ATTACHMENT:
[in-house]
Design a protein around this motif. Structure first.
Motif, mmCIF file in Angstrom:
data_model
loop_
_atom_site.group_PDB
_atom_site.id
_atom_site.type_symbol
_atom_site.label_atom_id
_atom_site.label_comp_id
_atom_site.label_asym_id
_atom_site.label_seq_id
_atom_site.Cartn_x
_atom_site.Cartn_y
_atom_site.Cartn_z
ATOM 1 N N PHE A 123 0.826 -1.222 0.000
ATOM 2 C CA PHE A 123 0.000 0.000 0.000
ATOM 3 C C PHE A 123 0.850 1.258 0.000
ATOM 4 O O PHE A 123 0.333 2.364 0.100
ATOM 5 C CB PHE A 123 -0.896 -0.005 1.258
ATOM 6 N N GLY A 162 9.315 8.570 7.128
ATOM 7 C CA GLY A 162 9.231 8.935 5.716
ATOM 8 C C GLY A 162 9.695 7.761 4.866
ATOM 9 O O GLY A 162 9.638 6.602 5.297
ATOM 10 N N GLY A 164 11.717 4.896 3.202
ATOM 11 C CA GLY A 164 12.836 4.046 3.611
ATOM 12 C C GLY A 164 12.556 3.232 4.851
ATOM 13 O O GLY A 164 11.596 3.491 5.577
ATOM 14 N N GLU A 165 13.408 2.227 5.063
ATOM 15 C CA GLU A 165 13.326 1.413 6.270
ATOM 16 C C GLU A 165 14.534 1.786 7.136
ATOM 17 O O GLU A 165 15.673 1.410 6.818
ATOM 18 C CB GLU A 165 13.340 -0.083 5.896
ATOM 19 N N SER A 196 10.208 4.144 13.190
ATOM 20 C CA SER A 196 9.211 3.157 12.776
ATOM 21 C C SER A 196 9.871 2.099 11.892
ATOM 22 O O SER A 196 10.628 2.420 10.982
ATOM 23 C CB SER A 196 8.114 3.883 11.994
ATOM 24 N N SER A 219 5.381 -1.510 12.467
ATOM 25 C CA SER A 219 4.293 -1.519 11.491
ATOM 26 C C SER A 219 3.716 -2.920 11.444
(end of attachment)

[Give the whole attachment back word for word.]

[in-house]
Design a protein around this motif. Structure first.
Motif, mmCIF file in Angstrom:
data_model
loop_
_atom_site.group_PDB
_atom_site.id
_atom_site.type_symbol
_atom_site.label_atom_id
_atom_site.label_comp_id
_atom_site.label_asym_id
_atom_site.label_seq_id
_atom_site.Cartn_x
_atom_site.Cartn_y
_atom_site.Cartn_z
ATOM 1 N N PHE A 123 0.826 -1.222 0.000
ATOM 2 C CA PHE A 123 0.000 0.000 0.000
ATOM 3 C C PHE A 123 0.850 1.258 0.000
ATOM 4 O O PHE A 123 0.333 2.364 0.100
ATOM 5 C CB PHE A 123 -0.896 -0.005 1.258
ATOM 6 N N GLY A 162 9.315 8.570 7.128
ATOM 7 C CA GLY A 162 9.231 8.935 5.716
ATOM 8 C C GLY A 162 9.695 7.761 4.866
ATOM 9 O O GLY A 162 9.638 6.602 5.297
ATOM 10 N N GLY A 164 11.717 4.896 3.202
ATOM 11 C CA GLY A 164 12.836 4.046 3.611
ATOM 12 C C GLY A 164 12.556 3.232 4.851
ATOM 13 O O GLY A 164 11.596 3.491 5.577
ATOM 14 N N GLU A 165 13.408 2.227 5.063
ATOM 15 C CA GLU A 165 13.326 1.413 6.270
ATOM 16 C C GLU A 165 14.534 1.786 7.136
ATOM 17 O O GLU A 165 15.673 1.410 6.818
ATOM 18 C CB GLU A 165 13.340 -0.083 5.896
ATOM 19 N N SER A 196 10.208 4.144 13.190
ATOM 20 C CA SER A 196 9.211 3.157 12.776
ATOM 21 C C SER A 196 9.871 2.099 11.892
ATOM 22 O O SER A 196 10.628 2.420 10.982
ATOM 23 C CB SER A 196 8.114 3.883 11.994
ATOM 24 N N SER A 219 5.381 -1.510 12.467
ATOM 25 C CA SER A 219 4.293 -1.519 11.491
ATOM 26 C C SER A 219 3.716 -2.920 11.444